Oro (‘Gold’), brings us back in time, into the history of Western culture, to the sources of modern knowledge. What has re-emerged is the complex milieu of the system of esoteric and alchemical thought.
The title of the exhibition expresses the hope for a new era of plenty: just as the alchemists believed in a sequence of four historical ages, the Golden, Silver, Bronze and Iron Ages – that would repeat themselves cyclically – Oro declares the organic cyclicity and an imminent transition from the contemporary Iron Age to a new Golden Age. A profound transformation, symbolized by the figure of a falcon flying inside the library of the Benedictine monastery of San Giovanni in Parma, where the video was shot. If the library is par excellence the place for the transfer of knowledge between generations and for exchange between cultures, the library of San Giovanni combines, in its frescoes, historical, symbolic and sapiential elements drawn from the biblical and classical tradition and from the alchemical and cabbalistic one. Against the backdrop of these contents, in an atmosphere of enigmatic suspense, a falcon is released and allowed to circle, free but also constrained, between the frescoed walls. While the falcon flies, a voice recites Ovid’s story of King Midas in the silbo gomero, an ancient and now almost extinct whistled language used only on the island of La Gomera, in the Canaries. The silbo, regarded as a noble tongue by the alchemists, is a sort of phonetic transliteration inspired by birdsong; i.e., according to legend, the mythical universal language that preceded the construction of the Tower of Babel and the diversification of tongues. It is said that when God told Adam to give the things he had created suitable names, ones that would be able to define their innermost characteristics perfectly, he “spoke” in the language of birds. In other words he used perfect phonetics to condense the whole being of every created thing in a “word”.’ At the end of the story the falcon alights and devours a piece of meat, going back to satisfy its instincts as a bird of prey. The project includes a series of sculptures in bronze, iron and silver, related to the imagery of the falcon: thirty-three hawk feathers cast in bronze and treated with iron, and two pairs of wings, made of bronze and silver. Their location on the floor alludes to the feathers lost during moulting, but the metals utilized refer to the three alchemical Ages of Silver, Bronze and Iron.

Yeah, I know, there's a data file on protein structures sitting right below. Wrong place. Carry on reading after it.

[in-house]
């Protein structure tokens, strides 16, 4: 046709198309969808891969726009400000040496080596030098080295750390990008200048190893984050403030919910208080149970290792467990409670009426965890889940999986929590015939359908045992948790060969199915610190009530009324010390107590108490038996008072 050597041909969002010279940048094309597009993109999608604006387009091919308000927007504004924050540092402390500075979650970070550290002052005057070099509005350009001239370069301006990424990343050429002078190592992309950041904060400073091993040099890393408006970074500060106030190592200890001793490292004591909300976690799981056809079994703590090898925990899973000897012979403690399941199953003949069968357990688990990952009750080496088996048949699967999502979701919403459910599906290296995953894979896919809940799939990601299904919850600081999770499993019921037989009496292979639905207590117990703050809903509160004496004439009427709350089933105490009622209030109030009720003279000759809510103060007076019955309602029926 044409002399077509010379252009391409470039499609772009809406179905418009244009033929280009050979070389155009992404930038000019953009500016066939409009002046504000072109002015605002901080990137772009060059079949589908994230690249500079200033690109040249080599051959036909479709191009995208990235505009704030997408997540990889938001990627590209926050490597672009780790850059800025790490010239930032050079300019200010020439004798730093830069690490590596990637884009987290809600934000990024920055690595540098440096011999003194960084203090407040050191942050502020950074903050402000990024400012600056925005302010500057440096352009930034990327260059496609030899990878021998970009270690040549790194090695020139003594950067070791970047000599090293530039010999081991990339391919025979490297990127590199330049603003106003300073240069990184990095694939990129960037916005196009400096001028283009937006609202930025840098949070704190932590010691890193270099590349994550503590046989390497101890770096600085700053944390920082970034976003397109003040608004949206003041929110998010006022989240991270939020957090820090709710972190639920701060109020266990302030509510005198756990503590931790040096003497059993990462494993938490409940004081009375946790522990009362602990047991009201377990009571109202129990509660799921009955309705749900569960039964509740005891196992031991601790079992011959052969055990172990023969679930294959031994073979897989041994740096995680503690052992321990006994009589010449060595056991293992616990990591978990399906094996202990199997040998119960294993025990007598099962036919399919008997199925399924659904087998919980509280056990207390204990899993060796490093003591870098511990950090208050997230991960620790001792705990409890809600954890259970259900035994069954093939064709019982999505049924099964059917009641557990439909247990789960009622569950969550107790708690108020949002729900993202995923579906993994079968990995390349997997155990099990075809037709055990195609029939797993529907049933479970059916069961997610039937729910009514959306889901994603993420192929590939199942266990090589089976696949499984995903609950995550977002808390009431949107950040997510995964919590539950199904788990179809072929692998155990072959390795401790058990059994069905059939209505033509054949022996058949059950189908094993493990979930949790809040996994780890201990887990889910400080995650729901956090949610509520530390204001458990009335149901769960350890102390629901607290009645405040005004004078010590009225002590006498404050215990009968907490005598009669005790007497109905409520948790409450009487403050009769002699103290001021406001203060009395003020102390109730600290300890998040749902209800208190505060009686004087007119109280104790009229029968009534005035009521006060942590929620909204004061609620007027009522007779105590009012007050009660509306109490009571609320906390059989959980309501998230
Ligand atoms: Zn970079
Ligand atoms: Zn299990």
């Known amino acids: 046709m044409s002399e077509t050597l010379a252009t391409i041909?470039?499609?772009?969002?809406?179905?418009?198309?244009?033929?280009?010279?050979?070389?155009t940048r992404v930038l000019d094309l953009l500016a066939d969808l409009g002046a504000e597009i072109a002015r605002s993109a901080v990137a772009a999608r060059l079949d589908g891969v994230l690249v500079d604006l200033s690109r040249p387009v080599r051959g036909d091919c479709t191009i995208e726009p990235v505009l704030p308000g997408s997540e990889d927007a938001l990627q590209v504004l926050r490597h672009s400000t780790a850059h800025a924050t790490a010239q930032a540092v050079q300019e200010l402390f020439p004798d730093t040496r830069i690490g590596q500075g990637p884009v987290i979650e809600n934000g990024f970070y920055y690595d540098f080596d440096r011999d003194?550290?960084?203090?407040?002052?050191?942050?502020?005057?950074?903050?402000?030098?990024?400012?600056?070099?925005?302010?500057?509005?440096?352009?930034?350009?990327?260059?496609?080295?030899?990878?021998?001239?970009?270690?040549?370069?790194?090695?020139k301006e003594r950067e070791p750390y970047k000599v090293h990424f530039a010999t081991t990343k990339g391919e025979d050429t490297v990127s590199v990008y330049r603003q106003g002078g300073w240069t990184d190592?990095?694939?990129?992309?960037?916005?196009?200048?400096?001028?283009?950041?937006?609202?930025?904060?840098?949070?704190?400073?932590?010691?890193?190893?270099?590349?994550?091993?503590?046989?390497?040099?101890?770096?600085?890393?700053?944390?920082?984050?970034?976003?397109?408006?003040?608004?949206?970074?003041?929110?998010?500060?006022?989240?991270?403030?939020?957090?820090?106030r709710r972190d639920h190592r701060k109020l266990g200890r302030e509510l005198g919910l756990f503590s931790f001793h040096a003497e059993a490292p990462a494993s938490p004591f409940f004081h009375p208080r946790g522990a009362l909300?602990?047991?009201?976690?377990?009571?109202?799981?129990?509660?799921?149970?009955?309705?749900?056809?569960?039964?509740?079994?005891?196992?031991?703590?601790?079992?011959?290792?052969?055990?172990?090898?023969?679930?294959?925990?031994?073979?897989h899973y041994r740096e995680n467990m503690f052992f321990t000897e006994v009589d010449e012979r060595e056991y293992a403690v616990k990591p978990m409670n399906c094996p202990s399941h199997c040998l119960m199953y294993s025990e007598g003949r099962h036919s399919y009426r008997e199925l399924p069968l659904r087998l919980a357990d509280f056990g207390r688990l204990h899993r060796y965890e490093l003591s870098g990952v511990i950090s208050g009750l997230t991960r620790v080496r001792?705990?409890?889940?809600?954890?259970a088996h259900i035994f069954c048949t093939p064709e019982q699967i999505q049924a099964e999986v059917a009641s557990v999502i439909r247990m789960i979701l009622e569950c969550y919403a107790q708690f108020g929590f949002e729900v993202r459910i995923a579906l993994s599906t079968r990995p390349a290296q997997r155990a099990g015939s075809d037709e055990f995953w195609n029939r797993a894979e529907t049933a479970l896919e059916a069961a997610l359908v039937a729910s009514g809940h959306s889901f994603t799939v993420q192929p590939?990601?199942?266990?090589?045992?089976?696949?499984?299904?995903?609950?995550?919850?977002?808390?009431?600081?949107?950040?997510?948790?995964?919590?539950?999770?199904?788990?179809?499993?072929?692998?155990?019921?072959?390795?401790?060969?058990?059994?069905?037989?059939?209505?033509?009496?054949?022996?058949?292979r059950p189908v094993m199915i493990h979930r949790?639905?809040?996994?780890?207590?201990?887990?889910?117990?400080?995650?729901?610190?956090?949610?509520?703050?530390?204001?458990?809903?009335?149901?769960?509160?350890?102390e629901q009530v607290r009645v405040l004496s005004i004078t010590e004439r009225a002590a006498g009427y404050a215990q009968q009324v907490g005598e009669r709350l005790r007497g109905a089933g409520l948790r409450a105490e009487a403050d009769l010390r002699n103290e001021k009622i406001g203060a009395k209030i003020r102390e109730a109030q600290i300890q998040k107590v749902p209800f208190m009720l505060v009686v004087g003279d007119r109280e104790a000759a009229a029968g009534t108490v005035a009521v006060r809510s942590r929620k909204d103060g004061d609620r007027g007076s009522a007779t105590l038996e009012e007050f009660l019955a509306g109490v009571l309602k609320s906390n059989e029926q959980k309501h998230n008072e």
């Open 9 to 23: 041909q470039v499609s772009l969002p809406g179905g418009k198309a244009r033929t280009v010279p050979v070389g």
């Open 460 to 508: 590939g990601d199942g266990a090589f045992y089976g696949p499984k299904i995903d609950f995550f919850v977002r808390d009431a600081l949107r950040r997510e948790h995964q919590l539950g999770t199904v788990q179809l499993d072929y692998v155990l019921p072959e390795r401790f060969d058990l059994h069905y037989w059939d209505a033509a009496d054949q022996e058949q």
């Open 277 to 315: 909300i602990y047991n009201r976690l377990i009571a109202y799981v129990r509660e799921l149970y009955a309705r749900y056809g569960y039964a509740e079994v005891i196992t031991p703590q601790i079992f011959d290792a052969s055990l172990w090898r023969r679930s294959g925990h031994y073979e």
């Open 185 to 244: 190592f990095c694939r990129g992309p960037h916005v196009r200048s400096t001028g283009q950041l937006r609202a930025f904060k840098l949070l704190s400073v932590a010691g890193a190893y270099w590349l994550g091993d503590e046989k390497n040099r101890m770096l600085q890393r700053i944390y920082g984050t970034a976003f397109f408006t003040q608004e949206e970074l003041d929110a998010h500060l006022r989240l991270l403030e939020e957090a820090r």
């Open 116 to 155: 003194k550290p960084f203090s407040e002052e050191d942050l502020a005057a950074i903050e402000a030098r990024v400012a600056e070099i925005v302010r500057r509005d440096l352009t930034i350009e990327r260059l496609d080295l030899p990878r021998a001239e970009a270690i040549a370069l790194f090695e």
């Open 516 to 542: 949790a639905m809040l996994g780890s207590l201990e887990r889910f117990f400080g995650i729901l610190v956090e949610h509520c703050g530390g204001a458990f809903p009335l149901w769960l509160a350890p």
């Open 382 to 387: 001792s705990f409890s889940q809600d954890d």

In the space of the gallery, on the upper floor, is displayed a series of self-portraits. They are Polaroid pictures taken with a camera capable of capturing a person’s magnetic field.
The project envisages the presence, with a high emotional impact, of a falcon: the proximity with the living and free animal will bring a sense of energy into the rarefied space of the exhibition, but also one of subjection, of disquiet, of great instability.